Maybe there will never be an answer to the secrets and the mysteries behind Stonehenge, but it hasn’t stopped people from trying.
The most recent attempt has been by the Royal College of Art in London, suggesting that the famous rock formations in Wiltshire, England, were brought to the site because of their unique acoustic properties.
So sound? That’s what this whole thing is about? There are plenty of other theories about the site, as still no one is quite sure how they got there and by who: A floating glacier or people taking them from Wales.
As part of a larger study of the acoustic elements of the Pembrokeshire landscape where the bluestones hail from, it turned out that many of the rocks issue a metallic sound, similar to that of a bell or a gong, when hit with a hammer stone.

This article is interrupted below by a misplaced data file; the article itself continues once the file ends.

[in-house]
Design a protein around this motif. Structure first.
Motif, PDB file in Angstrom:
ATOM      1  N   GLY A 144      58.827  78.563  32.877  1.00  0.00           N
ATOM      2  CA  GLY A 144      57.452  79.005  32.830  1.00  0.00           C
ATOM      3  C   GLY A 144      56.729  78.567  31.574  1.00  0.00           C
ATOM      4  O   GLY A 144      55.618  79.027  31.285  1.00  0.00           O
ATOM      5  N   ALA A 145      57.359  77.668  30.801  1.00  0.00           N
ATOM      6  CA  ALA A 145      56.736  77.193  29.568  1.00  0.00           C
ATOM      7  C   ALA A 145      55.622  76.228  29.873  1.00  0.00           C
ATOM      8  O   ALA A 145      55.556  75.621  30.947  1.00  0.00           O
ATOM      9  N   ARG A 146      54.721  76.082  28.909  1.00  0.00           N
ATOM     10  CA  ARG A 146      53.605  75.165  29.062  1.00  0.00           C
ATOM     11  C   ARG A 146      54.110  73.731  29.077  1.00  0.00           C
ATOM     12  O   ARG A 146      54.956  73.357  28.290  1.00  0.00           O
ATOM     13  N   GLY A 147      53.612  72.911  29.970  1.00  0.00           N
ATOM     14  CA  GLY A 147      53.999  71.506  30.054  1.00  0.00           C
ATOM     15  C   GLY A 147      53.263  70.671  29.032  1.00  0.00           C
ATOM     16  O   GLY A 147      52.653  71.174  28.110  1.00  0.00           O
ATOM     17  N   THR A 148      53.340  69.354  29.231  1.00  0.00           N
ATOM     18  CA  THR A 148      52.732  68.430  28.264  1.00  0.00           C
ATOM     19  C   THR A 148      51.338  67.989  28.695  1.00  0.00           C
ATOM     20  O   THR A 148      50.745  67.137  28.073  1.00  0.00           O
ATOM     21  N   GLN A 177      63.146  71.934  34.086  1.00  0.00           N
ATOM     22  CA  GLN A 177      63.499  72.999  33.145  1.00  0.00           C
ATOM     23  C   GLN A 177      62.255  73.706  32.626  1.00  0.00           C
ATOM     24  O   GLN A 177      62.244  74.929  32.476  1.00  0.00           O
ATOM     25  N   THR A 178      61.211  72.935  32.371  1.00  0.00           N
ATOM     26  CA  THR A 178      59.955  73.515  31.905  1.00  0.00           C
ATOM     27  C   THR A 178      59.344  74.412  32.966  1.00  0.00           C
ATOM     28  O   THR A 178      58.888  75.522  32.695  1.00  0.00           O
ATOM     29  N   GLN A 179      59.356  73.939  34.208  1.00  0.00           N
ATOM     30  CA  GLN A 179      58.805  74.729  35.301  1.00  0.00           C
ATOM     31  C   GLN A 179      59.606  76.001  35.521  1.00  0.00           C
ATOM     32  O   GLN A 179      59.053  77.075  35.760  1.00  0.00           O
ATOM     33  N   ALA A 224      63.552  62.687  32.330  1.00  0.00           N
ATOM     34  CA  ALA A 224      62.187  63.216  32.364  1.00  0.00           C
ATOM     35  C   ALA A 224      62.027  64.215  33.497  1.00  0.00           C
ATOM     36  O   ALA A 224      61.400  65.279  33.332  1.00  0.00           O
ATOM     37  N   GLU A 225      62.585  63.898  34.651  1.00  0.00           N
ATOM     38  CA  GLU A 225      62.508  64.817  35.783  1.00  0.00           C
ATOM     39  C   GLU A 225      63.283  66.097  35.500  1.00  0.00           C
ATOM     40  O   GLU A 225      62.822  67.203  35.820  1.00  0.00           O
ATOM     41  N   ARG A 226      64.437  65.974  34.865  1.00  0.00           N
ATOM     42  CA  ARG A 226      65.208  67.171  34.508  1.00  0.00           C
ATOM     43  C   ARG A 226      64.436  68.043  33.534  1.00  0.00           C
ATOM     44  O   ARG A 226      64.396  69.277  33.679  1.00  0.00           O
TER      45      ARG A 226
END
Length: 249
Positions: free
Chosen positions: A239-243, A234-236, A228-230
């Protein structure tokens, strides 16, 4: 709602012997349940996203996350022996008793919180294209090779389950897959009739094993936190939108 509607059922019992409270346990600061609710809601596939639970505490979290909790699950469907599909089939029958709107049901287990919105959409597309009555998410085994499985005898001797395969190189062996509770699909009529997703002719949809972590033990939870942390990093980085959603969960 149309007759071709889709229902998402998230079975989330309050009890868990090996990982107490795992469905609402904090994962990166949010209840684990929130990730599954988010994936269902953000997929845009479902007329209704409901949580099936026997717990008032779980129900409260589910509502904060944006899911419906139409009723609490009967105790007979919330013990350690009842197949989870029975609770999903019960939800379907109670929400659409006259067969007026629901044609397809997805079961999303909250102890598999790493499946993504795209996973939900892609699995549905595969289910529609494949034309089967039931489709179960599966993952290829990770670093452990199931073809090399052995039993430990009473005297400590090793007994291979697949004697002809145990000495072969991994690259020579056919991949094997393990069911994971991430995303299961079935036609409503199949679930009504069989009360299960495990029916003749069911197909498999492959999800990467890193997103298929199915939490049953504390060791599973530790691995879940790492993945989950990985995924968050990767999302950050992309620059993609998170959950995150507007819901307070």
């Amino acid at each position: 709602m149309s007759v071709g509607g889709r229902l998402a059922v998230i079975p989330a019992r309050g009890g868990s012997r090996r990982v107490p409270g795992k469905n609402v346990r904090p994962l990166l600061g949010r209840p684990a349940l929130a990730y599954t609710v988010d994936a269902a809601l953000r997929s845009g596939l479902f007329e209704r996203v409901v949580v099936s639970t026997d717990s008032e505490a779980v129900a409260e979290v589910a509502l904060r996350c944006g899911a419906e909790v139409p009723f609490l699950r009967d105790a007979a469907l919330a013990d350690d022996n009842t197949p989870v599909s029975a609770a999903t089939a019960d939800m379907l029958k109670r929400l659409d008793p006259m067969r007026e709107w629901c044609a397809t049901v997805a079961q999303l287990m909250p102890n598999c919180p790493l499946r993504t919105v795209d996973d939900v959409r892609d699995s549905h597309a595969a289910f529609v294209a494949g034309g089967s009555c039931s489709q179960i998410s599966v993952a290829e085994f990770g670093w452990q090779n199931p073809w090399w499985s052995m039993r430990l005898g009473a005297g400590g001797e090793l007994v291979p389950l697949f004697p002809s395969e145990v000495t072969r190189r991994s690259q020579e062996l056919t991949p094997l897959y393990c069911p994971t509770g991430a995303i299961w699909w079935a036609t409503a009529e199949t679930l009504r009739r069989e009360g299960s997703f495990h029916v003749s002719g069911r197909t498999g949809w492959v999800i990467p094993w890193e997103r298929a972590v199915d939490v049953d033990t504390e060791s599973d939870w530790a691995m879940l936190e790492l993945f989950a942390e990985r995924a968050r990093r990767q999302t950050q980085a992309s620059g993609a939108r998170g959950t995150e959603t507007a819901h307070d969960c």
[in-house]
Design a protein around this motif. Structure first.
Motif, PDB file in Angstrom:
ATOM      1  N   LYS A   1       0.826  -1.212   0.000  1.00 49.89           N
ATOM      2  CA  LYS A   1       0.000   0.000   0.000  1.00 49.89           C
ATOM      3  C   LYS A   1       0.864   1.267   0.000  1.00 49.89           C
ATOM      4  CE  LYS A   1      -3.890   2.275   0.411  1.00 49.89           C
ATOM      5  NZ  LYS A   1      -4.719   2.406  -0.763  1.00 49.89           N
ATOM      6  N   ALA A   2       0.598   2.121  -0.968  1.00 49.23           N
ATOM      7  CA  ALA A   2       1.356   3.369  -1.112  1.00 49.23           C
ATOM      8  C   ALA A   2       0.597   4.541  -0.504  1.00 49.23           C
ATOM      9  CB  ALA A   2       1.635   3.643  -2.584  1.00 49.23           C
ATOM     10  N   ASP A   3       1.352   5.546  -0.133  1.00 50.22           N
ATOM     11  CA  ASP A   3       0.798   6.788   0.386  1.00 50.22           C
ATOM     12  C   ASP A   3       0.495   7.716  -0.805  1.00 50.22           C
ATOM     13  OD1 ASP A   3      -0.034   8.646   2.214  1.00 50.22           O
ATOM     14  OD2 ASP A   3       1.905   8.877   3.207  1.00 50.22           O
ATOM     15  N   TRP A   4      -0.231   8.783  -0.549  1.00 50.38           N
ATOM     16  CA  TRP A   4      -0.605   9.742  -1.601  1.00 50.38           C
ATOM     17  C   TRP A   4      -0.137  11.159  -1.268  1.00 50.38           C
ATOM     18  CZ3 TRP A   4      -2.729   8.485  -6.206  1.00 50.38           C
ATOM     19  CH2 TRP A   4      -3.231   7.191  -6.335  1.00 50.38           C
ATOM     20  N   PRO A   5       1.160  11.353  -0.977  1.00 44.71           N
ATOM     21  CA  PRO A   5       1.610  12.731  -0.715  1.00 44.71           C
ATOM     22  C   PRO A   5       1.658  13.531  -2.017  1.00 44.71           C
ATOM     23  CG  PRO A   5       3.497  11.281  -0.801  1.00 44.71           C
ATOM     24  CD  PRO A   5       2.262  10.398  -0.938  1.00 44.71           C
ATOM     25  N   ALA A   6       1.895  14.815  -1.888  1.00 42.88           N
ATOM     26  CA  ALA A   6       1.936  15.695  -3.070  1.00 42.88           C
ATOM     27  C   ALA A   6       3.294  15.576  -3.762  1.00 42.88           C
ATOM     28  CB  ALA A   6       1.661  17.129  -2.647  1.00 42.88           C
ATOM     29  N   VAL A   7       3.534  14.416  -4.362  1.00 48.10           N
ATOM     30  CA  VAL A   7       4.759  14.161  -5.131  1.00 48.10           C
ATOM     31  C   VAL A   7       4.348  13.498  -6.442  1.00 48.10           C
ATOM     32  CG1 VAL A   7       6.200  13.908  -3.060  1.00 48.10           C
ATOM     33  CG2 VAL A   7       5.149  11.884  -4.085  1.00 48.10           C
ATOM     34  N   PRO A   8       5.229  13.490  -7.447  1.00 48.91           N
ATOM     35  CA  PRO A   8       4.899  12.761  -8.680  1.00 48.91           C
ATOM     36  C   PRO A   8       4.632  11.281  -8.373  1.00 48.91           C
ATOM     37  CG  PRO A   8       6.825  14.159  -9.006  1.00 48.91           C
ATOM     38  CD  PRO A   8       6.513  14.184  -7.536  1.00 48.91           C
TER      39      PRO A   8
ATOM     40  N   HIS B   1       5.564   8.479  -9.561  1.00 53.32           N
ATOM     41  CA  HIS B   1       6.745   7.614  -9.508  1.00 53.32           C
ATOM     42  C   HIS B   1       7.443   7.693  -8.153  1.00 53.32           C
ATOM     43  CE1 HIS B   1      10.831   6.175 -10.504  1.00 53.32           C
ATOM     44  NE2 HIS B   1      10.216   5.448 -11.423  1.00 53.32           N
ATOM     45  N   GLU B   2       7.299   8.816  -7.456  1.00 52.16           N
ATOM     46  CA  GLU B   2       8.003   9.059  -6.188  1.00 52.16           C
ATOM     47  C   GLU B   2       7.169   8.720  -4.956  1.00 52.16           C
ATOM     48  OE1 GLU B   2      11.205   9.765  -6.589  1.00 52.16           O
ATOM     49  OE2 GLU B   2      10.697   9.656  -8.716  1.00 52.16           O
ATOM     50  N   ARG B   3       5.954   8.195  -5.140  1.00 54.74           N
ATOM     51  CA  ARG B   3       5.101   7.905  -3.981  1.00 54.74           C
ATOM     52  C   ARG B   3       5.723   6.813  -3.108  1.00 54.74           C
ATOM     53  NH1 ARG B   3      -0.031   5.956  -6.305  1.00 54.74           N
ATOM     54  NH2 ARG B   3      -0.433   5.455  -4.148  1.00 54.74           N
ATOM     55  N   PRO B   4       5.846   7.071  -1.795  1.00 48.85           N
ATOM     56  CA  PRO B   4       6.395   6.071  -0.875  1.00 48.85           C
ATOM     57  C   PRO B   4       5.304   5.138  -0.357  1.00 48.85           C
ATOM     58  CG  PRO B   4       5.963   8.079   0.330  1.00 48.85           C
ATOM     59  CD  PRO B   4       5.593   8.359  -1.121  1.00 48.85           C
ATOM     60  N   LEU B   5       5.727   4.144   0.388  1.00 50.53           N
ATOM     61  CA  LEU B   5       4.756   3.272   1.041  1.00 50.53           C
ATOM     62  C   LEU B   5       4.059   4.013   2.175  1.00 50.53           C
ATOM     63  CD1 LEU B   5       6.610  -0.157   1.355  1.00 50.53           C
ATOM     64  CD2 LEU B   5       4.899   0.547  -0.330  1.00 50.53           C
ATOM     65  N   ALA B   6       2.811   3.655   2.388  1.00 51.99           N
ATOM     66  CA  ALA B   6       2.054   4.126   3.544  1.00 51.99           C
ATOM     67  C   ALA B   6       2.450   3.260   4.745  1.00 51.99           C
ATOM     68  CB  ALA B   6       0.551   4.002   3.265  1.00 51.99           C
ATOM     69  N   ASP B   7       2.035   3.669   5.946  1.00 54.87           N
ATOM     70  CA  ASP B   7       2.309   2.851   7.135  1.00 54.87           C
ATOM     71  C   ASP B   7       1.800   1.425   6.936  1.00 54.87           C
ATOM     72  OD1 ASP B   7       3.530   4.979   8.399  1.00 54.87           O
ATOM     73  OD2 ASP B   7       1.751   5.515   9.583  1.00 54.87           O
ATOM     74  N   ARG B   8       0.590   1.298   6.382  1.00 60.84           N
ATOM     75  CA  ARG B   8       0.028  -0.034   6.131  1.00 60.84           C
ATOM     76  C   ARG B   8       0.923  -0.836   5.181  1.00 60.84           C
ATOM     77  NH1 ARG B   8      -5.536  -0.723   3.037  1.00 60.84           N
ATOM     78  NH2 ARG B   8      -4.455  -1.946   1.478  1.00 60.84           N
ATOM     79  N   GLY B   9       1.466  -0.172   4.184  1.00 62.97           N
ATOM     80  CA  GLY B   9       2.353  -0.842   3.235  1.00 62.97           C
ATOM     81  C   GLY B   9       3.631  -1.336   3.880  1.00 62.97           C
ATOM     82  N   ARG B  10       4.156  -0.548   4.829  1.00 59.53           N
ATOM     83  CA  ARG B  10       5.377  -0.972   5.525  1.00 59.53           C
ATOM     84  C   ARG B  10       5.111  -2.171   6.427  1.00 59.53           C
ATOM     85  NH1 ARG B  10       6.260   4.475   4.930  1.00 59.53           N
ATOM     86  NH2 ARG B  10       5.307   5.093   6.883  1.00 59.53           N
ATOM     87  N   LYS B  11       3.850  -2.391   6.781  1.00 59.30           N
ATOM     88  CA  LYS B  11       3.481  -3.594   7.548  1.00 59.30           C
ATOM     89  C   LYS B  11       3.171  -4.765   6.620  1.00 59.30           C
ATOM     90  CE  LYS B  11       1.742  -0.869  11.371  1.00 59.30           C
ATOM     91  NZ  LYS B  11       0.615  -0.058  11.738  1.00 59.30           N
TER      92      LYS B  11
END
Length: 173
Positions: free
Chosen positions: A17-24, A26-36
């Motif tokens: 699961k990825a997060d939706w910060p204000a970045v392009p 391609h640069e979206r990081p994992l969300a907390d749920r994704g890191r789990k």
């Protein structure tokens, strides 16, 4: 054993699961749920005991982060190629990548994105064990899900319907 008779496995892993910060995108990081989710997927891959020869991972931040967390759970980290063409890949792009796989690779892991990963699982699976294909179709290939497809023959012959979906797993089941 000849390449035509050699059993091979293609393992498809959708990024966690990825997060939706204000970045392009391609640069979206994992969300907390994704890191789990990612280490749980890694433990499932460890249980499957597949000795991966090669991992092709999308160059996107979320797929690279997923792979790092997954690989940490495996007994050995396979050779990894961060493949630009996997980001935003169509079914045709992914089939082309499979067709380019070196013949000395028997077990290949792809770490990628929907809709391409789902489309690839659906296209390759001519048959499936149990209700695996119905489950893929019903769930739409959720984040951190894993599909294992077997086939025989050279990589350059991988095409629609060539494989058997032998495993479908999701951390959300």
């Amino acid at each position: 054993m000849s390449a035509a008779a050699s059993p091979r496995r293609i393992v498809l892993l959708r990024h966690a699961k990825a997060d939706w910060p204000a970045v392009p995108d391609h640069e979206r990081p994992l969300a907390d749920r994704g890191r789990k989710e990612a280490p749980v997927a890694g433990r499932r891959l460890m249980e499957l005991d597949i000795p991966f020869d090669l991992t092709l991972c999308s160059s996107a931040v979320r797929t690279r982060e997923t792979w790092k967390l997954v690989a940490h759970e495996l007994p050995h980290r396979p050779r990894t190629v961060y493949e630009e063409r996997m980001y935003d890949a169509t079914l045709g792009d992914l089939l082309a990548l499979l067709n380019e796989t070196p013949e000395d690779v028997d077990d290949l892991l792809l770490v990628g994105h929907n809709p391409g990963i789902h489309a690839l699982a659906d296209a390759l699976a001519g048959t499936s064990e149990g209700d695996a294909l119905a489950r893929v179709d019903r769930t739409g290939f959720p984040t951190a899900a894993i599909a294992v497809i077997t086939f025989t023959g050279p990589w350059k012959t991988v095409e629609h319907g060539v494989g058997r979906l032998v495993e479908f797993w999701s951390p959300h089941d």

According to the study, a Presli village used the bluestones as a church bell through the 18th century. According to the BBC, thousands of rocks were tested and many of them rang just like a bell when hit.
And it’s not just one sound – there are different tones and the musically gifted can actually make a tune if they know where to hit them. The stones at the famous site did return a sound, although the fact that some of them are reinforced by concrete resulted in a slightly muted one.
So was it all one big musical conspiracy? It seems that with each study something new comes up – a theory is born, and another is scrapped. However, making such an effort just for the sound of it does sound like a bit of a stretch.